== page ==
Phil: For chick-lit book 2 I’ve been reading Flawless, a book you can judge by its cover. A cover I wasn’t going to be seen opening in a public place.
First up, the author’s name. Once upon a time Tilly Bagshawe would have been the second under scullery maid in a posh house. Cook would have shouted “Tilly Bagshawe, I want t’hearth blacked until I can see my face in it.” only to receive the reply “I’m sorry Cook but I have to go upstairs for a good rogering by Squire Simkins and you know he doesn’t like me to be covered in hearth black. Says it proper puts him off his stroke.”. Now she writes glossy novels. That’s female empowerment for you.
Second, the cover is shiny pink and purple. The authors name is as big as the title and in a scripty font. To top it all, there is a lady on the front in a pose that can’t have been comfortable but a photographer thought was both glamorous and sexy. This is chick-lit big time. Chick-lit that is to literature what Dynasty was to drama.
Anyway, the plot. This concerns Scarlet Drummond Murray, Andy’s less well-known sister (I might have made that bit up) an ex-model who now designs gemstone jewelery whilst worrying about the lives of people digging diamonds with her international campaign “Trade Fair”.
The male leads are Jake and Danny Meyer, a pair of rough but lovable cockneys (pronounced cock-N-eys) who deal in diamonds. There’s also Brogan O’Donnel and his wife, a friend of Scarlets, along with her and Jake’s families.
Some stuff happens, Scarlet spends the whole book hating and then shagging then hating then shagging again before finally marrying Jake. Danny runs off with big, bad Brogans wife and has a baby. That’s about it. 483 pages.
Best line ? “Poor old Hamish. It wasn’t his fault his family were so inbred he’d been left with the IQ of a cow-pat.”
(Second best line – “Leave him alone you bitch, he’s mine!” although that was written in pencil beside the bit where Scarlets friend tries to chat up George Clooney so it might not count)
You’re probably getting bad vibes from me. If not, pay more attention. I’d guess that on a sun-lounger this is a great read. It rattles along well enough but in truth I couldn’t give a toss about any of the characters. Scarlet is written as the sort of person who spend all her time feeling for other people like a 1st year social science student with a large collection of Morrissey CDs. The idea that she spent her time while modelling thinking about the latest Oxfam report because it was “all so superficial yah” didn’t work. In fact, I was mostly on the side of the people who wanted her to shut up.
Added to this, I couldn’t really work out how she made a living. There was the jewelry designing but it wasn’t clear what this involved. Did she make the stuff herself ? Unlikely as later in the book, once her Notting Hill shop has been torched and she’s relocated to LA, there is much e-mailing of designs around the world. This makes me think the “design” is a posh girls doodle that some more talented person has to turn into reality.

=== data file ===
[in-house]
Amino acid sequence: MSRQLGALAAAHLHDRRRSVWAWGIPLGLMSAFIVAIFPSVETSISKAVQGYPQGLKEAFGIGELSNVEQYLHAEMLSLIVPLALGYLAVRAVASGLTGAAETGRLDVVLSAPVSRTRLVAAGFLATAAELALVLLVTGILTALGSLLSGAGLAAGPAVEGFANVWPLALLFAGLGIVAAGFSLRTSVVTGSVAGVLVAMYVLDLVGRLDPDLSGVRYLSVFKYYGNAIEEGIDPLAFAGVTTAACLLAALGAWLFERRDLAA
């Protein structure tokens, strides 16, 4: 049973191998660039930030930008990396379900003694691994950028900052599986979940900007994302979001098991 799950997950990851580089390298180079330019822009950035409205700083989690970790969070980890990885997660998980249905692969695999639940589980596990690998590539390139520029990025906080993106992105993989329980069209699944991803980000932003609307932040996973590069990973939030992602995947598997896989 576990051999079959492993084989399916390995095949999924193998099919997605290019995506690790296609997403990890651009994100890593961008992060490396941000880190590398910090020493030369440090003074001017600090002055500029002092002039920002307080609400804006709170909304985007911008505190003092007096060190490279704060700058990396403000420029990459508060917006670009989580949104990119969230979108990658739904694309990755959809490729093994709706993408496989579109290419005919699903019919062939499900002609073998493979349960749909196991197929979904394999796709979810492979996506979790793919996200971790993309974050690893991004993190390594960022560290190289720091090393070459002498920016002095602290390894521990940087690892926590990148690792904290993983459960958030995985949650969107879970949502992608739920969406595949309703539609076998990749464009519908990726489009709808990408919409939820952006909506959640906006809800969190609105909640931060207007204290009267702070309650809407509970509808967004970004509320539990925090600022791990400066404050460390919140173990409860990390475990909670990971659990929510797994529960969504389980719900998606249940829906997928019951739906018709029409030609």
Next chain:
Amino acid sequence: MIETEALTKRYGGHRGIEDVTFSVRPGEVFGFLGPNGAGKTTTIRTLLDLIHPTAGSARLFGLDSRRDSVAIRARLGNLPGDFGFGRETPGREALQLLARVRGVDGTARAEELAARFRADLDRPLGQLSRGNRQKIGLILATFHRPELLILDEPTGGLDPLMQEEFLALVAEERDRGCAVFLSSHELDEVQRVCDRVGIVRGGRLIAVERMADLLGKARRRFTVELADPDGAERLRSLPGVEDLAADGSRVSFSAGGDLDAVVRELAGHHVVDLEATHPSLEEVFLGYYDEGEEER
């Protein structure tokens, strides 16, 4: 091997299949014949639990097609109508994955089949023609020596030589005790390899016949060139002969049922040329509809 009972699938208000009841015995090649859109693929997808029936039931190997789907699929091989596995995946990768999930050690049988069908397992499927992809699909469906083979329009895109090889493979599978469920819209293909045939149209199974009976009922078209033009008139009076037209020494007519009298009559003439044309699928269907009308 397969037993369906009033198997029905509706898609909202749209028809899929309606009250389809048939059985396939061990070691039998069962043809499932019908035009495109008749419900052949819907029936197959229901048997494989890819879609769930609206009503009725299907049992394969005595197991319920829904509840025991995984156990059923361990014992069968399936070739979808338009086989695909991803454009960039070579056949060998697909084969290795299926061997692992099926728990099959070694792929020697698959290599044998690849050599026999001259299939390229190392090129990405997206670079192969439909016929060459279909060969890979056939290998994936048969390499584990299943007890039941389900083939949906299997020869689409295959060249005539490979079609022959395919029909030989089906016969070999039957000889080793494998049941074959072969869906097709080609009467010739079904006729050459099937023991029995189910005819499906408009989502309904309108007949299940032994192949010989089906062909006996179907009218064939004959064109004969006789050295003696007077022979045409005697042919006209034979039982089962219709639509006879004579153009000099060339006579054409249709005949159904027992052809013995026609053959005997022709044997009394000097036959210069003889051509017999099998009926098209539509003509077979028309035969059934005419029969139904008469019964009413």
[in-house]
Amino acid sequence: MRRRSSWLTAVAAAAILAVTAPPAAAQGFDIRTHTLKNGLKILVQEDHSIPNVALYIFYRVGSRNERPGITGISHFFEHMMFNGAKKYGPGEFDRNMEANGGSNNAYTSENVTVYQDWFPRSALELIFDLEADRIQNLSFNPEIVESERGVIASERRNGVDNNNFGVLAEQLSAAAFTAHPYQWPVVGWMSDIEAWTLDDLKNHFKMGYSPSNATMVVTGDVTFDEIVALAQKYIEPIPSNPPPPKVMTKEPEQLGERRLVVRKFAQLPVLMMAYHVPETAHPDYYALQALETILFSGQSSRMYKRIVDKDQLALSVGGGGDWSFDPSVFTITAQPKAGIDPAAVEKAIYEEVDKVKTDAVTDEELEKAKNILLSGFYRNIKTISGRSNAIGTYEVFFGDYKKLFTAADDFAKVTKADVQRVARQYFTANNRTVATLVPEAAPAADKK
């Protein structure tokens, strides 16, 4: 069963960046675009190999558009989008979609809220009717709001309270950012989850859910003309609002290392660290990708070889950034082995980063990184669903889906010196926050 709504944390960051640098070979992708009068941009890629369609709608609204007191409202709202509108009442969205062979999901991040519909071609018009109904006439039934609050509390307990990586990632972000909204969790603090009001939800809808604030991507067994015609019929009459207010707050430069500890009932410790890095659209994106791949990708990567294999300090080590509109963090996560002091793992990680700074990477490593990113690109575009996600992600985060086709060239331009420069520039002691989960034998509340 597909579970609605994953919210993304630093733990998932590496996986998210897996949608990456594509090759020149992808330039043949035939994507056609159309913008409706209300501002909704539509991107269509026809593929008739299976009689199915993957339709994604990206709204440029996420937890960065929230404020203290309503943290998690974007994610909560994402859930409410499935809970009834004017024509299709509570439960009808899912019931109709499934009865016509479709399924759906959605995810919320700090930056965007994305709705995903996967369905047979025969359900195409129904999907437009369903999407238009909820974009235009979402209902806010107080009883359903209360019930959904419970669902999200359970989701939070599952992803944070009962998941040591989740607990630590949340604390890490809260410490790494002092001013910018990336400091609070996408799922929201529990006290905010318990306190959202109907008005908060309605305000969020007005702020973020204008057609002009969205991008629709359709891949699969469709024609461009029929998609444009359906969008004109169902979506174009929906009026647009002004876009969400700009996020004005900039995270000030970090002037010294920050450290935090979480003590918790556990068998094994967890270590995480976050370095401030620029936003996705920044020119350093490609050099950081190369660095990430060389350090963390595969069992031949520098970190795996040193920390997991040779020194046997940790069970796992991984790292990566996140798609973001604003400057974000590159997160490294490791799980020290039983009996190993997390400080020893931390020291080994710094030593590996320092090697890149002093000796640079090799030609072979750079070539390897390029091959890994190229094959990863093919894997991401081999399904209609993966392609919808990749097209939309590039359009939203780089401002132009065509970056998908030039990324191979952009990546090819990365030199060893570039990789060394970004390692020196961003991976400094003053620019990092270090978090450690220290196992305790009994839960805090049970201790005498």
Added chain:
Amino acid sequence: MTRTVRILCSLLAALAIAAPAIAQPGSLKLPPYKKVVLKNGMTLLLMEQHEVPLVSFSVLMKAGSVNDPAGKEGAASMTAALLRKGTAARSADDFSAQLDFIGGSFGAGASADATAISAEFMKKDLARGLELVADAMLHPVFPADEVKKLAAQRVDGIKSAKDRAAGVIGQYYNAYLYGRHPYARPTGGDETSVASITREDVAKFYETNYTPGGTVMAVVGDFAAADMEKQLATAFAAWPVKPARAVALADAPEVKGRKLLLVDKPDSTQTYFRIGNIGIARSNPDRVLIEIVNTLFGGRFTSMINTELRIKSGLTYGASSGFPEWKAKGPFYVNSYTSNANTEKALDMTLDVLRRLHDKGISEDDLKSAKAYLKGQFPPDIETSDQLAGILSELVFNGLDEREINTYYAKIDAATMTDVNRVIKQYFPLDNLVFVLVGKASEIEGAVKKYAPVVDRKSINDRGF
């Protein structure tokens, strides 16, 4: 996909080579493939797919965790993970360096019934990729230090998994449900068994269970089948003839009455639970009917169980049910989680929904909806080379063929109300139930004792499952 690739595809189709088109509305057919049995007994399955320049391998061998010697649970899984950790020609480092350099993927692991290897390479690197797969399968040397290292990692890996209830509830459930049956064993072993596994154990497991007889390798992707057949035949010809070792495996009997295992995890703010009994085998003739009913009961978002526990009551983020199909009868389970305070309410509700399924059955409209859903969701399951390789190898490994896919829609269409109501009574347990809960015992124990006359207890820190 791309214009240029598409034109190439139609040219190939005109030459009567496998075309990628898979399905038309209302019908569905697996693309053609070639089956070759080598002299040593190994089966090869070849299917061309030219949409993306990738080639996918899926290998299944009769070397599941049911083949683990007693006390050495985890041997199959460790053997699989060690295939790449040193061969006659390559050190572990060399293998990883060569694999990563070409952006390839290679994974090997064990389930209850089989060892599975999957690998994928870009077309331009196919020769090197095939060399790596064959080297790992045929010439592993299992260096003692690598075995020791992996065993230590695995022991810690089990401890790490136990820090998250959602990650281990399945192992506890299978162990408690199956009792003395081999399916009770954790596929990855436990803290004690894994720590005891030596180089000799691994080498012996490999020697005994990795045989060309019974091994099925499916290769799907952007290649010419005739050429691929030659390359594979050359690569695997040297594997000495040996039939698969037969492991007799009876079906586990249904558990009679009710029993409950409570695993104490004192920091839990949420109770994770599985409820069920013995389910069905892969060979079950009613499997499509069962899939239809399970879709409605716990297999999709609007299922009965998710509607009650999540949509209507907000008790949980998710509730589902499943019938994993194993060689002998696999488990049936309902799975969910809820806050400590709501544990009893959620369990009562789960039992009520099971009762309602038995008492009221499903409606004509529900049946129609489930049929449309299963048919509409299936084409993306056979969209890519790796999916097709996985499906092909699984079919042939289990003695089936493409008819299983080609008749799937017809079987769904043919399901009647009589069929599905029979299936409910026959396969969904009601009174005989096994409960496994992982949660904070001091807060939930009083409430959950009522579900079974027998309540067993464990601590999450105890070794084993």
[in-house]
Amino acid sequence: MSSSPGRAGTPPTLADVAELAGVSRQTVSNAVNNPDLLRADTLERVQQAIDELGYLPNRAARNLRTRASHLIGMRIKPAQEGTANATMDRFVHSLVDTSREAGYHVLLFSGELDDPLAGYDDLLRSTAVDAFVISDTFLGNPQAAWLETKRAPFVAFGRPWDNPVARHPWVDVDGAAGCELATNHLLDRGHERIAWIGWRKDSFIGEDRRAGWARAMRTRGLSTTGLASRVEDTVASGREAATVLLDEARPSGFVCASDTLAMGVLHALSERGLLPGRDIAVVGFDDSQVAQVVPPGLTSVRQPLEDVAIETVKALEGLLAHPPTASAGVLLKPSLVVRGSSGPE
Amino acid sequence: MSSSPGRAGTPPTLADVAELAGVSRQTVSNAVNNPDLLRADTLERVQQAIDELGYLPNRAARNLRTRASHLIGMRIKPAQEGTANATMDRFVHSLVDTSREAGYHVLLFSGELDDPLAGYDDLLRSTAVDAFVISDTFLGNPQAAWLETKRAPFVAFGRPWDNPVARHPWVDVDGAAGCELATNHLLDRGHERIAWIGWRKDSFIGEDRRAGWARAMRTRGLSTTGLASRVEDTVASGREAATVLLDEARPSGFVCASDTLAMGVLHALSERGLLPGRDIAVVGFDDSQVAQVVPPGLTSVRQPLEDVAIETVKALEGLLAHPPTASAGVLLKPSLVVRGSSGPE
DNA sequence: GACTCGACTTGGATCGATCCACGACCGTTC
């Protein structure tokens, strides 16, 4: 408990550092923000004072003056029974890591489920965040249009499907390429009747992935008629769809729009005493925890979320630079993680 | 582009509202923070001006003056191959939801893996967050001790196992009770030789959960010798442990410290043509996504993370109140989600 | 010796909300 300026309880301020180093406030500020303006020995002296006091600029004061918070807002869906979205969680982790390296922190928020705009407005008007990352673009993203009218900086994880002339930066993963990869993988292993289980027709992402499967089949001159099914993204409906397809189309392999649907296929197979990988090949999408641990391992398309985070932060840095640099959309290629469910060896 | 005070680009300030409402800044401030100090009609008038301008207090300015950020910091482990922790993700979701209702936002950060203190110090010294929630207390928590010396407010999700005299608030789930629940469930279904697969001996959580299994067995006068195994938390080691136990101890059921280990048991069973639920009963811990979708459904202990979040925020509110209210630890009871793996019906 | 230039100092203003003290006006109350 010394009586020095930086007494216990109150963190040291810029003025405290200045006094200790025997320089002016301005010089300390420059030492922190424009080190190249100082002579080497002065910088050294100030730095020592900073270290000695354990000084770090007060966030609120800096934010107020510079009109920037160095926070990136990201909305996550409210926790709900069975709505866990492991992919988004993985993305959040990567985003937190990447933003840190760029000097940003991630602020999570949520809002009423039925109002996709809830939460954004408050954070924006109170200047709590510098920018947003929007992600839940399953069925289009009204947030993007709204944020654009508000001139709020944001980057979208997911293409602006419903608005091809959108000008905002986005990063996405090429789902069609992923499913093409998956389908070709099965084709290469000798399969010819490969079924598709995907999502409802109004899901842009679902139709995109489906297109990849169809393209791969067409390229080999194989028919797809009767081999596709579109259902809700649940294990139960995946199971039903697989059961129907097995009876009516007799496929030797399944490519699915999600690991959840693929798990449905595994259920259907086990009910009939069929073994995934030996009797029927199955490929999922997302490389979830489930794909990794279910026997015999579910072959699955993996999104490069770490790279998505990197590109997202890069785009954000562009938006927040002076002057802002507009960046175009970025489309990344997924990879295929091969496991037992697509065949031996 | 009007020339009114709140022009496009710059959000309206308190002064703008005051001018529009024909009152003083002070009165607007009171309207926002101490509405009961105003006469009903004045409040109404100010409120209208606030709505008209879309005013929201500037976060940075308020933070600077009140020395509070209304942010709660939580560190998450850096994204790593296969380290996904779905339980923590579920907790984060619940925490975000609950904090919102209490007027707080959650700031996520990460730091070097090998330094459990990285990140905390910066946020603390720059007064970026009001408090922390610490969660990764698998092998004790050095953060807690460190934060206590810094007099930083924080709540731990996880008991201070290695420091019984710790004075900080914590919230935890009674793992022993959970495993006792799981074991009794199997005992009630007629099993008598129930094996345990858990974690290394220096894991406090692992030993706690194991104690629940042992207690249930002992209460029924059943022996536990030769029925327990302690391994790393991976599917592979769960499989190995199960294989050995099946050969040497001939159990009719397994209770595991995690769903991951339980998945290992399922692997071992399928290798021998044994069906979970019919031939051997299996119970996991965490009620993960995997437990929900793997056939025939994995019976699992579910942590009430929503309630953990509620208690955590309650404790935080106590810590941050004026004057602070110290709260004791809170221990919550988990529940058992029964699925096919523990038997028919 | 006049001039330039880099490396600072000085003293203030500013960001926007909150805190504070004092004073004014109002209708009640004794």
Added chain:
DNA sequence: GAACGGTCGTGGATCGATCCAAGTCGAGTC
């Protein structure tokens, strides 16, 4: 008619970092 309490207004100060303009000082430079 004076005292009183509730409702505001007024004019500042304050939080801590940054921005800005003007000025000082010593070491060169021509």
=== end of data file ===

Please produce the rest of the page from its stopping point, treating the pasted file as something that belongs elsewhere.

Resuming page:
In fact the whole premise seemed a bit thin to me. Money seemed no object to anyone – there is much jetting around the world for everyone for a start. Yes, Danny is broke when his business is hammered by a cuckolded husband but you never really believe in any of this. I know it’s only a story and a bit of escapism and perhaps it’s just a world I can’t imagine really existing. Even one of the crutial plot lines, where Scarlets’s brother threatened with being exposed as gay doesn’t ring true. Would a newspaper really make a big story out of “Banker plays for the other team ?” – I doubt it, who’d care ?
Worst of all though, the happy ending relies almost entirely on a deus ex machina. Near the end, up pops a random Aunt who happens to be extremely rich, loves Scarlet, understands Jake and leaps in at the last-minute to sort everything out. The newspaper is paid off, the ancient family estate is saved from disaster when a manager is brought in to run it saving Scarlet from having to do this instead of running her shop in LA and marrying hunky Jake. There’s some other stuff too but I can’t remember what. I do know all the ends are neatly tied up. Everyone gets married and lives happily ever after.
I did begin to wonder at some points if the author had a bad experience with her mother as both matriarchal characters are real monsters. Maybe but I suspect it’s more likely that she based her research on some US reality television and sit-coms. The characters are caricatures, the plot as thin as the aforementioned Dynasty storylines. However, sometimes you want Dynasty and not Chekhov (nerd note: Anton not Pavel), especially when covered in sun tan lotion and drinking something with an umbrella in it in the same way kebabs trump fillet steak sometimes.